.replace(/<\/script/g, '<\\/script')
                 .replace(/<!--/g, '<\\!--');
    
       return Index
    
    

    The define = require('amdefine')(module) at the top makes isomorphism possible: the client-side Javascript doesn’t support the require keyword, so we have to bring it in with RequireJS, but at the same time, the server (NodeJS) doesn’t support the define keyword of RequireJS, so we need to use the amdefine package. The if typeof define != 'function' means “if the define keyword is not present(on the server), then we use the amdefind package.”

    Index accepts three props:

    1. the name of the child component

    2. the title of the page

    3. the props of the child component

    The rest of the code should be straight-forward if you have previous experiences with React. The s variable contains client javascript and is injected into client HTML so that it can be triggered in the browser.

An aside about JSX

Note how we used the following code in our javascript:

  return (
    <html>
      <head>
        <meta name="viewport" content="width=device-width, initial-scale=1" />
        <title>{t}</title>
        <link rel="stylesheet" href="css/main.css" />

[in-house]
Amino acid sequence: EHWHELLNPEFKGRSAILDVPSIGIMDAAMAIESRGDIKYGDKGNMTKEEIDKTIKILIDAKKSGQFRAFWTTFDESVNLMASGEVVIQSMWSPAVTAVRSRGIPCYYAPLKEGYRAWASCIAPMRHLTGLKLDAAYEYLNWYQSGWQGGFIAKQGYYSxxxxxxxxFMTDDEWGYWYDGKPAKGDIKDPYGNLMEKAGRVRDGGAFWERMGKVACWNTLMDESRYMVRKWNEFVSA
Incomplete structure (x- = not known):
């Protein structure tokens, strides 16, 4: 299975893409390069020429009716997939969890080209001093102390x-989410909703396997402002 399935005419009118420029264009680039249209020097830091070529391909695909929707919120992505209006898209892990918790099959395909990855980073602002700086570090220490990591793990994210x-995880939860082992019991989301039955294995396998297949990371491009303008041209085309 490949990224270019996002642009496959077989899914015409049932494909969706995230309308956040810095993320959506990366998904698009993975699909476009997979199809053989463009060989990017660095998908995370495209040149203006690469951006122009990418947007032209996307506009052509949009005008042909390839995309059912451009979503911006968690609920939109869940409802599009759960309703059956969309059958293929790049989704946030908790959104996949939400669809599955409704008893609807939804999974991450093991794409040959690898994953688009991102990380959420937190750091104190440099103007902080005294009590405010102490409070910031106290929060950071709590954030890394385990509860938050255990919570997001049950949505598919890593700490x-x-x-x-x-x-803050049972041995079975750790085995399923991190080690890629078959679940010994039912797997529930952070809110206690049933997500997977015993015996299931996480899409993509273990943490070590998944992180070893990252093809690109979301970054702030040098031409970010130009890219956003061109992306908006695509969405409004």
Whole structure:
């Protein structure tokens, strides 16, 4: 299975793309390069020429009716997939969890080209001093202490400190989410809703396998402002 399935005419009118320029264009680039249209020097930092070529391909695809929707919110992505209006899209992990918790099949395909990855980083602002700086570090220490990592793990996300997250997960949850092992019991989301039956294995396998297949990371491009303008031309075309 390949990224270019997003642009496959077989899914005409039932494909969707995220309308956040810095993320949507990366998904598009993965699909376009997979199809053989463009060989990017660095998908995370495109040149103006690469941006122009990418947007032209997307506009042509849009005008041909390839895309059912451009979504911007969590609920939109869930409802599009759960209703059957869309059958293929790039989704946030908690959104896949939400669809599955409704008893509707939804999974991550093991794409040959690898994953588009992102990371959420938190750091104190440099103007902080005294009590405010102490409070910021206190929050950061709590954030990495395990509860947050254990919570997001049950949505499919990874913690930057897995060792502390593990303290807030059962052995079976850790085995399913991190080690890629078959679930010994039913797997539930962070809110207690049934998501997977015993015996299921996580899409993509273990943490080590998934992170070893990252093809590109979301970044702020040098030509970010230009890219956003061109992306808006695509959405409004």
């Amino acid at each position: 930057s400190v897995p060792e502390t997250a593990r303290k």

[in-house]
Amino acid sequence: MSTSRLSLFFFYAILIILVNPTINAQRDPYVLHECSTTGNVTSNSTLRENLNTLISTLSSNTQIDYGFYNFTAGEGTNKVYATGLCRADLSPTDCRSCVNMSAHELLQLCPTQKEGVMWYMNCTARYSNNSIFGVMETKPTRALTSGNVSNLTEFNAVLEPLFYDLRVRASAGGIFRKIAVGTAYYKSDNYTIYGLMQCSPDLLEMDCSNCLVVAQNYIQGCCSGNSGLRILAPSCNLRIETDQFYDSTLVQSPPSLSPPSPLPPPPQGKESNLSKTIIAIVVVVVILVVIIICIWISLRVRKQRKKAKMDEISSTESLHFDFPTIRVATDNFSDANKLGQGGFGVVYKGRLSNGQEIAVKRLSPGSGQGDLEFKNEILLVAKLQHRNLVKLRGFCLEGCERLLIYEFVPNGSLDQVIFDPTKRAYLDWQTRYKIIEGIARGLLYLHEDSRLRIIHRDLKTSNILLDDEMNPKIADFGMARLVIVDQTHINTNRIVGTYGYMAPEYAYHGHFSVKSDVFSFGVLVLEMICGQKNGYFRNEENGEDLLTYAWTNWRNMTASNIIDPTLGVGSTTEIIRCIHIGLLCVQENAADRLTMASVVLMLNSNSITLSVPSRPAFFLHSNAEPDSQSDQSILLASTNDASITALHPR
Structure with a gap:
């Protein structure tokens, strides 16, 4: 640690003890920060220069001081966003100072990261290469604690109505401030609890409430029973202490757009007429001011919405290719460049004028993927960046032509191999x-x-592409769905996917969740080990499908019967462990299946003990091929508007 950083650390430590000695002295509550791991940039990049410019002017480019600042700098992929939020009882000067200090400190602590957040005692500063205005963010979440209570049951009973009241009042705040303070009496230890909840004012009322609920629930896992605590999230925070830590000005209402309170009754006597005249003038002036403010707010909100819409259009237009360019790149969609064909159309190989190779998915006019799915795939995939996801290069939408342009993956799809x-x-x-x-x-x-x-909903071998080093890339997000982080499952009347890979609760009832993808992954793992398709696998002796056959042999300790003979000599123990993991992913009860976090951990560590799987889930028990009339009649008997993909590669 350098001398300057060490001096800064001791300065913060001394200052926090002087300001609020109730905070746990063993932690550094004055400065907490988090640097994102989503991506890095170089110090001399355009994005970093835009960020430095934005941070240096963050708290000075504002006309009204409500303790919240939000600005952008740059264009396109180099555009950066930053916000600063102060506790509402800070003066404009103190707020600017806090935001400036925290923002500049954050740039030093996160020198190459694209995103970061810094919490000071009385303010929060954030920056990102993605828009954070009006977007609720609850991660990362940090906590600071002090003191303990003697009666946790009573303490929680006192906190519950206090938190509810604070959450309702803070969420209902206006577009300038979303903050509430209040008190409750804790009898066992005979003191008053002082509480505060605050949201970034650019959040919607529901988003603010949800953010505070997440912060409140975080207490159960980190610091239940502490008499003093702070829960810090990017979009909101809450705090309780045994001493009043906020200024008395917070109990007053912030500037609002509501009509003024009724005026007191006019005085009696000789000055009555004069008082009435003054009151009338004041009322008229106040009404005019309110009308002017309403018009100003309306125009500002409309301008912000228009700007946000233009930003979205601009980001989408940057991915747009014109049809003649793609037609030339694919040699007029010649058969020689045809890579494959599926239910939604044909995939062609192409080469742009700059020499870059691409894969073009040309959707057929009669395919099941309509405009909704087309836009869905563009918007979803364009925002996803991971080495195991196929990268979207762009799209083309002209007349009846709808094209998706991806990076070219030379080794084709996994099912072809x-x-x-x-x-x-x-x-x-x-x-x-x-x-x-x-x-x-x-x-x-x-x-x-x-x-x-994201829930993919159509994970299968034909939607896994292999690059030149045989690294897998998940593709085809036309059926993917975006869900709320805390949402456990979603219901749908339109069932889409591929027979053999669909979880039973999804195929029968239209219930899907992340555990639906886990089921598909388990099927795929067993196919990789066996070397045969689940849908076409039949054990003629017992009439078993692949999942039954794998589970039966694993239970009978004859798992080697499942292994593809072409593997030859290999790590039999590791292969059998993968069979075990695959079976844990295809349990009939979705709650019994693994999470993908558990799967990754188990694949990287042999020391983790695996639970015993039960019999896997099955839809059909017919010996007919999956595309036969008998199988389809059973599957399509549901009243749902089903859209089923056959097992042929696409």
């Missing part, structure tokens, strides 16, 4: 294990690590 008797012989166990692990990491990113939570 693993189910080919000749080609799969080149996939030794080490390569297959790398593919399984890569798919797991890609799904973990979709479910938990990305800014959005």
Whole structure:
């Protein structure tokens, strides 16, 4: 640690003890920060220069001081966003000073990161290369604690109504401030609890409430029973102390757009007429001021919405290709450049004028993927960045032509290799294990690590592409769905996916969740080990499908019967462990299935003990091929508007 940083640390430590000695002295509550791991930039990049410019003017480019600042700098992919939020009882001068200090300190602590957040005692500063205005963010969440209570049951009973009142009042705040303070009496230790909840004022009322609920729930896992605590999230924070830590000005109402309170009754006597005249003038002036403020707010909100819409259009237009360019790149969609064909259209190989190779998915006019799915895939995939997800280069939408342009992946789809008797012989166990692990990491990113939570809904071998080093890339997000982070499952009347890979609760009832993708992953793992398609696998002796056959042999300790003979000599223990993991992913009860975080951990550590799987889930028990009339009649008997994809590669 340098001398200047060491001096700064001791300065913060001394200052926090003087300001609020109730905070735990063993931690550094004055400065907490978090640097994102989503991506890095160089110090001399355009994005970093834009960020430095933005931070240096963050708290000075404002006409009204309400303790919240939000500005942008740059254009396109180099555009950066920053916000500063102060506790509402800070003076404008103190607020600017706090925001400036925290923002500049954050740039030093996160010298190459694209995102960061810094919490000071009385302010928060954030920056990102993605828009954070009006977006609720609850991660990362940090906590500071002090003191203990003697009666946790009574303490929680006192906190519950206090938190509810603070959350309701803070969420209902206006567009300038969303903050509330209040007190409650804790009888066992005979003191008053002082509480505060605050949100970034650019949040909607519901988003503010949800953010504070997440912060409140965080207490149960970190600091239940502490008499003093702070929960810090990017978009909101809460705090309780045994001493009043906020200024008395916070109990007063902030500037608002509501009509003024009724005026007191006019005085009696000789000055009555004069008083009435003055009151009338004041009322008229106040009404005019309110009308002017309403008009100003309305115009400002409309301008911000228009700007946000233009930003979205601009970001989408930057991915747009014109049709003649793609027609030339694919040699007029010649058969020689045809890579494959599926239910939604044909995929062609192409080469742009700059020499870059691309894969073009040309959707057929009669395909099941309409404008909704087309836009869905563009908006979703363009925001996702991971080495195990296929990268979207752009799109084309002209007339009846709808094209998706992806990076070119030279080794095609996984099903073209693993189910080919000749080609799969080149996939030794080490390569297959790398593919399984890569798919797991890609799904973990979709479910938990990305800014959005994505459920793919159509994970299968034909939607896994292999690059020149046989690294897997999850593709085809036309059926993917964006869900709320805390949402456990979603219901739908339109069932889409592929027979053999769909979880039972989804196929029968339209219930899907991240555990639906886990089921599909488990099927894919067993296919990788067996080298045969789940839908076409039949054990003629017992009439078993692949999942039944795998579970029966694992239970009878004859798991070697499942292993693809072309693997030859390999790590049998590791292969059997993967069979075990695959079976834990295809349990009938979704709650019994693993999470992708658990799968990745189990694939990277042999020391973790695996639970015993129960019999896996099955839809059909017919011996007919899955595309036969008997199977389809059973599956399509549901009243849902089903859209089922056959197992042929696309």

</head>
      <body>
        <div id="content" dangerouslySetInnerHTML={__html:preRendered} />
        <script data-main="index" src="https://cdnjs.cloudflare.com/ajax/libs/require.js/2.1.17/require.js"></script>
        <script dangerouslySetInnerHTML={__html:s} />
      </body>
    </html>
  )

It is almost identical to regular HTML, which is the highlight of JSX. The non-jsx code would look like:

  return (
    React.createElement 'html', null, React.createElement('head', null, React.createElement('meta',
    name: 'viewport'
    content: 'width=device-width, initial-scale=1'), React.createElement('title', null, t), React.createElement('link',
    rel: 'stylesheet'
    href: 'css/main.css')), React.createElement('body', null, React.createElement('div', { id: 'content' }, preRendered), React.createElement('script',
    'data-main': 'index'